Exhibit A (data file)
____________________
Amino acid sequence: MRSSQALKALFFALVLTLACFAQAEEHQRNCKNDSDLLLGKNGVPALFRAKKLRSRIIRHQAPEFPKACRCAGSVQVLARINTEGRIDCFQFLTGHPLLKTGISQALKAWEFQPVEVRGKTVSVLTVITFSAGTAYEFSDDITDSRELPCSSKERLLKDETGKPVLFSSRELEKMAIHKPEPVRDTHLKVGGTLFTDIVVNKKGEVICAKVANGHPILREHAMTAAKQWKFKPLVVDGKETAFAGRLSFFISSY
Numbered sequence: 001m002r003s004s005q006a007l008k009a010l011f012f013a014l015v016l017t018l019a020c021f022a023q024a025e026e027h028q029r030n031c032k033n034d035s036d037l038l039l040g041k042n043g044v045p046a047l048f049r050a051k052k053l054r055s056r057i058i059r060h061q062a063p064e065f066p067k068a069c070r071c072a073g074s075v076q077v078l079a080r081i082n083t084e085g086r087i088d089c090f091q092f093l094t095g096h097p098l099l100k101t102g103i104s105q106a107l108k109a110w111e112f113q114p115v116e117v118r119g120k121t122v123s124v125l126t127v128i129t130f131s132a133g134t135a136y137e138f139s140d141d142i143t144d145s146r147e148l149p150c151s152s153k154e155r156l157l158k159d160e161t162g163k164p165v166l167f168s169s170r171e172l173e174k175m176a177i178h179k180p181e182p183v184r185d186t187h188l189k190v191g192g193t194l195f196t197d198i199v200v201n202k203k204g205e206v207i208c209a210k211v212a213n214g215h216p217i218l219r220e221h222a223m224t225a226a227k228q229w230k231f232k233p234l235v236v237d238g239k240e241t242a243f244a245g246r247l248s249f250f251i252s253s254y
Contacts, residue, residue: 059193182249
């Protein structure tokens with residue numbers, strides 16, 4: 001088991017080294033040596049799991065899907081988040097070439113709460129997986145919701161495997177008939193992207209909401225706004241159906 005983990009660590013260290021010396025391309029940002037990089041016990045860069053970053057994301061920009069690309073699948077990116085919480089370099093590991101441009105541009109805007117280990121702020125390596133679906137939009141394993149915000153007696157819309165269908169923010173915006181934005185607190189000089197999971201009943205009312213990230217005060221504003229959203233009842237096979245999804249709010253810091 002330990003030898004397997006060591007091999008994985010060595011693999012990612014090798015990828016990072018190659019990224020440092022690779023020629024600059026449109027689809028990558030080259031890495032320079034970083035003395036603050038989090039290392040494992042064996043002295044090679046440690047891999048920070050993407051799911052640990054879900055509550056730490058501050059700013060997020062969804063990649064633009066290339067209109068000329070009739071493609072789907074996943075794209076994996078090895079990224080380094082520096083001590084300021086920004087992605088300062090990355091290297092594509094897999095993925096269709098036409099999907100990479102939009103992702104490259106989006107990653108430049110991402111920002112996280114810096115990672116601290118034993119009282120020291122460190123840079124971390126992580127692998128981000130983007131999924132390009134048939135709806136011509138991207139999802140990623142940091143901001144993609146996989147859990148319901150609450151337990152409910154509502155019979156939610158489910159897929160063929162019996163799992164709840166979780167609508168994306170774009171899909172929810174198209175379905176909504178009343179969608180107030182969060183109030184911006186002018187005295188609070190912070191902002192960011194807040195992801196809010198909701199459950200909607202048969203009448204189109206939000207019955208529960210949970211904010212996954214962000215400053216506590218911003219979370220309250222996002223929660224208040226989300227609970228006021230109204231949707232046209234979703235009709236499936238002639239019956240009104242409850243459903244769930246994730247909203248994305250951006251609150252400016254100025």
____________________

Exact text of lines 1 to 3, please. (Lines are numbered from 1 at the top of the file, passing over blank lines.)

Amino acid sequence: MRSSQALKALFFALVLTLACFAQAEEHQRNCKNDSDLLLGKNGVPALFRAKKLRSRIIRHQAPEFPKACRCAGSVQVLARINTEGRIDCFQFLTGHPLLKTGISQALKAWEFQPVEVRGKTVSVLTVITFSAGTAYEFSDDITDSRELPCSSKERLLKDETGKPVLFSSRELEKMAIHKPEPVRDTHLKVGGTLFTDIVVNKKGEVICAKVANGHPILREHAMTAAKQWKFKPLVVDGKETAFAGRLSFFISSY
Numbered sequence: 001m002r003s004s005q006a007l008k009a010l011f012f013a014l015v016l017t018l019a020c021f022a023q024a025e026e027h028q029r030n031c032k033n034d035s036d037l038l039l040g041k042n043g044v045p046a047l048f049r050a051k052k053l054r055s056r057i058i059r060h061q062a063p064e065f066p067k068a069c070r071c072a073g074s075v076q077v078l079a080r081i082n083t084e085g086r087i088d089c090f091q092f093l094t095g096h097p098l099l100k101t102g103i104s105q106a107l108k109a110w111e112f113q114p115v116e117v118r119g120k121t122v123s124v125l126t127v128i129t130f131s132a133g134t135a136y137e138f139s140d141d142i143t144d145s146r147e148l149p150c151s152s153k154e155r156l157l158k159d160e161t162g163k164p165v166l167f168s169s170r171e172l173e174k175m176a177i178h179k180p181e182p183v184r185d186t187h188l189k190v191g192g193t194l195f196t197d198i199v200v201n202k203k204g205e206v207i208c209a210k211v212a213n214g215h216p217i218l219r220e221h222a223m224t225a226a227k228q229w230k231f232k233p234l235v236v237d238g239k240e241t242a243f244a245g246r247l248s249f250f251i252s253s254y
Contacts, residue, residue: 059193182249